The truth is that this tactic has only ever been known to work once in the entire history of cinema, which suggests the true roots of 3-D filmmaking. Edwin S. Porter's The Great Train Robbery came out at a time when audiences had never seen anything like it. Contrary to popular belief, it was not the first film to tell a story (having been preceded by Porter's own Life of an American Fireman and the work of Méliès) but it was among the first to use editing to convey a narrative. One touch would become especially famous in later years: the final scene. In this final shot, a man stands facing the camera, he draws a gun, and fires. Audiences of the era were baffled, many of its first viewers genuinely believed they were about to be shot. In many ways, 3-D filmmaking has often served as an attempt to replicate the initial reactions to The Great Train Robbery for an audience more familiar with moving pictures.
Several other 3-D films would attempt a similar practice over the course of the decade, until 2009 when James Cameron released Avatar, a film specifically designed to be seen in 3-D and in Imax theatres. What made Avatar stand out from movies like Spy Kids 3-D: Game Over and The Charge at Feather River was in the way it used the 3-D effects. Most attempts at 3-D tried to utilize the format by literally throwing anything they could at the viewer, regardless of whether it actually added anything to the film itself. Cameron decided to try something different, instead doing precisely the opposite.
Cameron's vision of Avatar was one in which the audience would experience the 3-D effects as though they were looking into a terrarium. This meant that rather than try to directly interact with the viewer the objective was instead to use the 3-D to add depth to the world created within the story. For the first time 3-D became recognized as something more than just a terrible marketing gimmick; it was actually something that when used right could enhance the filmgoing experience. Unfortunately, for many viewers this has one unpleasant side effect. After becoming the highest grossing film of all time and receiving massive critical praise in theatres, it started to gain a negative reputation upon its DVD release. People began hating the film, usually citing similarities to Pocahontas or Dances With Wolves. The problem was simple, on a DVD release the film was stripped of the 3-D and Imax experience that Cameron had intended, leaving viewers with nothing more than the story that went with it.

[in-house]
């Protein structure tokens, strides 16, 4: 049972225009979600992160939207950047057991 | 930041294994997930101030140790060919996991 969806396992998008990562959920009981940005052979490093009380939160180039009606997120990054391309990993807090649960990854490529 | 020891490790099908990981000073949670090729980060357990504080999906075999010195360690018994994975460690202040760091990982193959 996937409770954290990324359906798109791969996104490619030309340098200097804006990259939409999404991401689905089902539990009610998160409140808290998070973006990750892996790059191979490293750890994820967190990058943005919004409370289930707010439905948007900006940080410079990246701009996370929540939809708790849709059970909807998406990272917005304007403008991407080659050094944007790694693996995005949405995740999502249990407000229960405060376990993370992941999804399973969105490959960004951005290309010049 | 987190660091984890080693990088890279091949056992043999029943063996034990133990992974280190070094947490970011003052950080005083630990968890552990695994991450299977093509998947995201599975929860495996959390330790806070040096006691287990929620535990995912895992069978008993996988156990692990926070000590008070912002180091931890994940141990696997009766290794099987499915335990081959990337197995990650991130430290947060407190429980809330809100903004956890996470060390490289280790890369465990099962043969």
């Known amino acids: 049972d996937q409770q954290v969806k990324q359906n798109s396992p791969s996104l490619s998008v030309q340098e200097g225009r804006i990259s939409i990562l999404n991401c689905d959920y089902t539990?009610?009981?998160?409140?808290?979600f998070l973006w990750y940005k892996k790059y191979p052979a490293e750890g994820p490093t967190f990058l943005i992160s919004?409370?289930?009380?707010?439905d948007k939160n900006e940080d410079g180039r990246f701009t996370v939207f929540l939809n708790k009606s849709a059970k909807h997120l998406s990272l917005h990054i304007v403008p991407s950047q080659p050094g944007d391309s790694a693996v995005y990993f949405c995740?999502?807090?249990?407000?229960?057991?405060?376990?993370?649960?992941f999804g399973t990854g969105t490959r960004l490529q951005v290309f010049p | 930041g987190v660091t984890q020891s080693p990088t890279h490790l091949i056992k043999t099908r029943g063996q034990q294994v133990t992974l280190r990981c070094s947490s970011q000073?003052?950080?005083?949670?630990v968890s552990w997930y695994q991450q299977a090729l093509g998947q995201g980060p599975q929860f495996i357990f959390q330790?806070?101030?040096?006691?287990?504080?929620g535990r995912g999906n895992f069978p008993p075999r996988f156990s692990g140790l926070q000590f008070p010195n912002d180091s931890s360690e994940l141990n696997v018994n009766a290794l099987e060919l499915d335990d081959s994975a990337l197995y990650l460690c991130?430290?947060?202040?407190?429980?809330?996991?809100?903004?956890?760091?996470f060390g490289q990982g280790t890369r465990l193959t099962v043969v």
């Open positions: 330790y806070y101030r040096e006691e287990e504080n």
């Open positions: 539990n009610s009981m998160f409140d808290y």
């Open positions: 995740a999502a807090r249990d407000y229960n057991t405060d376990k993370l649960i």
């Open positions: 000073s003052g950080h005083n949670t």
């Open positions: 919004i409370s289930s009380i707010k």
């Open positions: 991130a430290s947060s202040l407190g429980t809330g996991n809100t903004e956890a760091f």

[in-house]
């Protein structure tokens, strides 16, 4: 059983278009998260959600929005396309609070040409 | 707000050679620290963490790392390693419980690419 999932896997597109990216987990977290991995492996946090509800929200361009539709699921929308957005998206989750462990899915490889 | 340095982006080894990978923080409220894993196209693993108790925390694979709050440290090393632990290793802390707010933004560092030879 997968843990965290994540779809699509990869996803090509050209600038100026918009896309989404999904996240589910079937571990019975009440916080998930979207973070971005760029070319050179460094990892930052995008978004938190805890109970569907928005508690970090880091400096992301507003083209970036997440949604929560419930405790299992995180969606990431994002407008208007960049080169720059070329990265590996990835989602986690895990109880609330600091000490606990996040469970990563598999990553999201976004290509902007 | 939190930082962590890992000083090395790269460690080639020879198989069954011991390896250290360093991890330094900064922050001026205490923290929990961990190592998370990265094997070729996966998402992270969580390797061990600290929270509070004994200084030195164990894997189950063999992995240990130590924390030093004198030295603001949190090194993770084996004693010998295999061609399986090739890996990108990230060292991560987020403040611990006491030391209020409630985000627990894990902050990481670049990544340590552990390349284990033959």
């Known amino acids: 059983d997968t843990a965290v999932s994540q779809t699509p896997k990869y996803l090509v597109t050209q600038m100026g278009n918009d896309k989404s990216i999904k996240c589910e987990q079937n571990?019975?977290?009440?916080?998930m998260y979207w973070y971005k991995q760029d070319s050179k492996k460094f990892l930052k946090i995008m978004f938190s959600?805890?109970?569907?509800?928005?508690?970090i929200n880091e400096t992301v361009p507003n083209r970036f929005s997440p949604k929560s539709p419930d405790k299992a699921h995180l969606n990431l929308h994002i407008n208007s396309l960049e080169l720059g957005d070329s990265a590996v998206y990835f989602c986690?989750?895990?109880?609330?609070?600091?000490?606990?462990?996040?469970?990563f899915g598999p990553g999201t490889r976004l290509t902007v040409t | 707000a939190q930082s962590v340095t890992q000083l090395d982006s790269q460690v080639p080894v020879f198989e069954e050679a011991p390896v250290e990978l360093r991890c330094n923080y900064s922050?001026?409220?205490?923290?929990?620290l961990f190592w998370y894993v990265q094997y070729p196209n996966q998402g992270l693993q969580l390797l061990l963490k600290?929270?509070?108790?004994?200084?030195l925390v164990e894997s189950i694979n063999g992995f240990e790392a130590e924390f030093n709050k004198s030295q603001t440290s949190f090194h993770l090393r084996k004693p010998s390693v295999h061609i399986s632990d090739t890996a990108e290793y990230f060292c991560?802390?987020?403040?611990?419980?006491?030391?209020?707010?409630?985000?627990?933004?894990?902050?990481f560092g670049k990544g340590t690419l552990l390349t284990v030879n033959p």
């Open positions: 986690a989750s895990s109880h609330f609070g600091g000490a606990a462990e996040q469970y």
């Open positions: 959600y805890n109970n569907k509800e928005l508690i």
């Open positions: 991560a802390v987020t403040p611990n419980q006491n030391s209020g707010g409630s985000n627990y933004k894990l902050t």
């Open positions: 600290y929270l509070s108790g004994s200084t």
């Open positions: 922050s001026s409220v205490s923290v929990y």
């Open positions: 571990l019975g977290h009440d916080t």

Only four years later, director Alfonso Cuarón would do something similar with Gravity, this time learning from Cameron's mistakes. Cuarón made his film much simpler in tone. On its own, Gravity still works as a straight forward science fiction thriller with some incredible visual effects. When seen in theatres in 3-D, the format enhances the narrative by emphasizing the vastness of space and heightening the sense of desperation faced by Dr. Stone. In other words, unlike The Charge at Feather River, Spy Kids 3-D: Game Over, or Avatar before it, Gravity was not specifically designed as a platform for 3-D. Instead, it was made as a film that could be experienced to great effect in 3-D but did not rely exclusively on that format as the primary draw for viewers.
Gravity's predecessors were often made more for the 3-D effects than for the films themselves. For the most part, the primary draw of films like The Charge at Feather River or Spy Kids 3-D: Game Over was the possible (but ultimately unfulfilled) experience of seeing objects come flying out of the screen. The same can also be said about the various attempts that have been made to re-release iconic films in 3-D, especially when this approach was taken with 2-D animated films. Gravity was a success because it did not rely entirely on the 3-D effects to impress viewers. It also displayed a simple but compelling story and brilliant special effects even when not seen in 3-D.
As is shown by films like Gravity, the idea of seeing films in three dimensions can be more than just a terrible marketing strategy. Many have criticized the practice, and in some cases not unjustly, but the ways in which this format has been abused does not make it any less valid. It can be used to amazing effect when done correctly and used to enhance the film itself rather than as a cheap way to shock viewers who will likely be indifferent at best. Many believe that 3-D will never catch on, that it is simply a passing fad, but it has been around since the 1950's and slowly improving. Many critics also said precisely the same thing about early sound films, and how many silent movies are still produced today?